No-Bid City Attorney Contract Awarded to Insider

The limit of the reformers’ influence was dramatically illustrated when the powerful (quarter million dollars a year) legal contract for City Attorney services was awarded to an establishment insider without any competitive bidding.  The reformers argued it is prudent “best practices” business to put such an expensive and important contract out to competitive bid.  There was also a proposal to evaluate the overall legal situation and investigate whether it would be more effective to make the City Attorney a city employee rather than a contractor.

The business arguments were discarded in favor of sticking with the same City Attorney we have had for the past nine years.  The establishment’s defense of sticking with one of the good-old-boys that ran the City under the Murphy regime was that the new contract retains the standard termination clause.  How this never-used provision makes up for a lack of competitive bidding or evaluation was not addressed.

Also hard to understand was why the Council majority wanted to stay with the same attorney who led the city’s failed effort to give away the city park at 2090 S. Wright St.  In that case, the attorney persuaded Murphy’s City Council to spend tens of thousands of tax dollars in an ill-fated effort to defend the proposed giveaway.  The judge not only rejected the giveaway but lambasted the City’s legal team for questionable practices.  In addition, this same attorney advised Council it was legal to buy the contaminated land on the Federal Center, give tax money to charities and give developers protection from consumer lawsuits in construction defects cases.   It is a classic chicken and egg question of the City Attorney telling Council what the mayor wanted it to hear or whether the mayor was swayed by the attorney.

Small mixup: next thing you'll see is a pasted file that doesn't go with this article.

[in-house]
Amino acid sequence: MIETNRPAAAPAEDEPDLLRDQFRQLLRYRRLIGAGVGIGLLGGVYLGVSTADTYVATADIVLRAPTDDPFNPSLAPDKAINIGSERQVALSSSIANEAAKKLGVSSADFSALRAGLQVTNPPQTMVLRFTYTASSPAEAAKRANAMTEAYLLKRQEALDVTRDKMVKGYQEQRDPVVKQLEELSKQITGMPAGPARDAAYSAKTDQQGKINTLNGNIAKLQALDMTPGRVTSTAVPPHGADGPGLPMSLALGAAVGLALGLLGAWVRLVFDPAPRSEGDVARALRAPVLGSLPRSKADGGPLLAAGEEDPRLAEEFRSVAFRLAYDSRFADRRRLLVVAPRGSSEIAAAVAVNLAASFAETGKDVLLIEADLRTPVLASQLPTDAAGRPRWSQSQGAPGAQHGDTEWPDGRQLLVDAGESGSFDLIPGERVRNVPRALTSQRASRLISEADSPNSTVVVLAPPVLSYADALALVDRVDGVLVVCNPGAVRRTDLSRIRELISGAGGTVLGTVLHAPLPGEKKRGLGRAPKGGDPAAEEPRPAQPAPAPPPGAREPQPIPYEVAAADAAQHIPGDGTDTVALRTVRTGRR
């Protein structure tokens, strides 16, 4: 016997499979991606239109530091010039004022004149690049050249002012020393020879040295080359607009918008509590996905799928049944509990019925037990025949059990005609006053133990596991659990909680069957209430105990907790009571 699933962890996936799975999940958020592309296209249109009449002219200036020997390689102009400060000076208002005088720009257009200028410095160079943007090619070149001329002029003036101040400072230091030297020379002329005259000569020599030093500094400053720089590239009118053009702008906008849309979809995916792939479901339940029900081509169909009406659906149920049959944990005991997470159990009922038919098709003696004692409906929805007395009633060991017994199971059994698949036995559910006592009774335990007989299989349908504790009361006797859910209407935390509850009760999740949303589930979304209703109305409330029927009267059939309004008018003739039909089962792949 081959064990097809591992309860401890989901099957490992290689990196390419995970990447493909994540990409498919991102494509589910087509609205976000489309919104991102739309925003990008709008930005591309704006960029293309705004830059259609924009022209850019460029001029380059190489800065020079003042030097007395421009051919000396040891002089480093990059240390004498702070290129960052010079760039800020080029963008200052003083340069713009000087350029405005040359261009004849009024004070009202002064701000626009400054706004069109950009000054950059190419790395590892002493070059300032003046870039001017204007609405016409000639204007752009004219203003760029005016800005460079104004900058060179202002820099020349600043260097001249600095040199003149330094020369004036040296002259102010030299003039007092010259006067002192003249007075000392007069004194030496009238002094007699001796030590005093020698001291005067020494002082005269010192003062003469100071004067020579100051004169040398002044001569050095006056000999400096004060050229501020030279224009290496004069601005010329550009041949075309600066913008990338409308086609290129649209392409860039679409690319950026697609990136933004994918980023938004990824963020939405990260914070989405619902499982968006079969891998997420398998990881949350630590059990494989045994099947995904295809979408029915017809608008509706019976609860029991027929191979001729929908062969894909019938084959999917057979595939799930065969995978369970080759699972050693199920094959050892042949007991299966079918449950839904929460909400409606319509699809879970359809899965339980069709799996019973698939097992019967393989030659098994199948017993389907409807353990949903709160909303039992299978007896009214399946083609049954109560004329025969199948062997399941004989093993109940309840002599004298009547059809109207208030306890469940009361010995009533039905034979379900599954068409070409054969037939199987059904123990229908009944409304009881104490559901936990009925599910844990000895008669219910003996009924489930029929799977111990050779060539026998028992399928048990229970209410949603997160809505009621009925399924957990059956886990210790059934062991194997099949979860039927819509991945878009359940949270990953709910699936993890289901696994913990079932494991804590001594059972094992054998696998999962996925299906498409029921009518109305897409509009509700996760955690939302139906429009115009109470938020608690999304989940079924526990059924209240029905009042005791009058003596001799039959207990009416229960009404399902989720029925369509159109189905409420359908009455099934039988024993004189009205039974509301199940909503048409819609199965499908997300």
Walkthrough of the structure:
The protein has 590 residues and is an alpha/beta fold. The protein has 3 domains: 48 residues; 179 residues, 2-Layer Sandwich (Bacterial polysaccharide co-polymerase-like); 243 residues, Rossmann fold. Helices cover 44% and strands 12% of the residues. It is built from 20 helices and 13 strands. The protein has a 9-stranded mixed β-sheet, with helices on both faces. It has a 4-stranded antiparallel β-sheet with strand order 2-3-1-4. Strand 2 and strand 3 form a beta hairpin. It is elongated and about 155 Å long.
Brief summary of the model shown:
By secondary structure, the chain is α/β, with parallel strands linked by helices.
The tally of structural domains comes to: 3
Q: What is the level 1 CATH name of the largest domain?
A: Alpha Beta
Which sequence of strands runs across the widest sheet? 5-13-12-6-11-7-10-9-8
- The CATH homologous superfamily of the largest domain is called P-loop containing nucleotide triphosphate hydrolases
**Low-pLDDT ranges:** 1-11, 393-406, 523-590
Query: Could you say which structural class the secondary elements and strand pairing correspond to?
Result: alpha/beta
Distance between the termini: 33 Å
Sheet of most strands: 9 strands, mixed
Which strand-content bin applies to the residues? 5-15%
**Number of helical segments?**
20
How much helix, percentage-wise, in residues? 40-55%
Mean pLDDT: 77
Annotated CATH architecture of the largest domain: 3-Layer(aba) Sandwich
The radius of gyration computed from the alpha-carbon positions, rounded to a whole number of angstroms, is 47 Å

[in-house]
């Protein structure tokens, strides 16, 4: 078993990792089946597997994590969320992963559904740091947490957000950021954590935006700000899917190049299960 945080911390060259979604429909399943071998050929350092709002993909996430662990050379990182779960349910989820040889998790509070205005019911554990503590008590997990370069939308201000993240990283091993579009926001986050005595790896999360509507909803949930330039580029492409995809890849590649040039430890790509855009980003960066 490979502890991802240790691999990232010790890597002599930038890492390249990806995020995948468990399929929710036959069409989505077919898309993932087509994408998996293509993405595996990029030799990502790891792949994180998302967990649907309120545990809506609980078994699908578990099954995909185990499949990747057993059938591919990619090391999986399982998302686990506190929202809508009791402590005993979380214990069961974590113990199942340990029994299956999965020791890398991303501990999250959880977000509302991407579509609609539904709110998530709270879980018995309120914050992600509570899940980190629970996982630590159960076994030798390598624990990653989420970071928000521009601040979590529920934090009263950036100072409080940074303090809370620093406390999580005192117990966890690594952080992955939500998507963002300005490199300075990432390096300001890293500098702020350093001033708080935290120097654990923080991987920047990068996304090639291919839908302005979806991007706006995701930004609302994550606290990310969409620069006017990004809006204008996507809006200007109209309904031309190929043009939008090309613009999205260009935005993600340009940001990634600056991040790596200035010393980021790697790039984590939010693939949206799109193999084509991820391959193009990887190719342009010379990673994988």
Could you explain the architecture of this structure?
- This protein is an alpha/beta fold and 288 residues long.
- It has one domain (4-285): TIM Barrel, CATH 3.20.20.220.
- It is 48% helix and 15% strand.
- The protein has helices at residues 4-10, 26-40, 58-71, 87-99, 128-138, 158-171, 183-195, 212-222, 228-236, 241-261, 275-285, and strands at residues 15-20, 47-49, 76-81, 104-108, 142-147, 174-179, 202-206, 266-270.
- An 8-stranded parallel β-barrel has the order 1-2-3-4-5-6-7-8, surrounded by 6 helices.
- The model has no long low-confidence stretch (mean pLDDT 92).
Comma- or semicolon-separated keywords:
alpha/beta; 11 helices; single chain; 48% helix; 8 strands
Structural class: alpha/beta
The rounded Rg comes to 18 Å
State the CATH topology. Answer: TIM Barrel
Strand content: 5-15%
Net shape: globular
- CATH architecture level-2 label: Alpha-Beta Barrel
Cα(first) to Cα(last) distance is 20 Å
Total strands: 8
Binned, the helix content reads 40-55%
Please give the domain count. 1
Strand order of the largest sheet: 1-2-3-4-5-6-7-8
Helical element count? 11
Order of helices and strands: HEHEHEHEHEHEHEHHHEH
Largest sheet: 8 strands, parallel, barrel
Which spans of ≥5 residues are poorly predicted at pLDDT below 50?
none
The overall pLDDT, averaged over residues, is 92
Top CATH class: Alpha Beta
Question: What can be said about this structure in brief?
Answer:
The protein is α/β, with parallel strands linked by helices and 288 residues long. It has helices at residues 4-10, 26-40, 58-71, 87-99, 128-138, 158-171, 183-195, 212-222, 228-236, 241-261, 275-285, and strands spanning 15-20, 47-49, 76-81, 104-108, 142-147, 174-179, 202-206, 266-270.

As is standard practice in these controversial matters, the City Attorney met with all the City Council members individually before the meeting and lobbied for their support.  Evidently it worked with one of the reformers, Charley Able,  joining the Council’s establishment block to approve the no-bid contract in a 7-4 vote.

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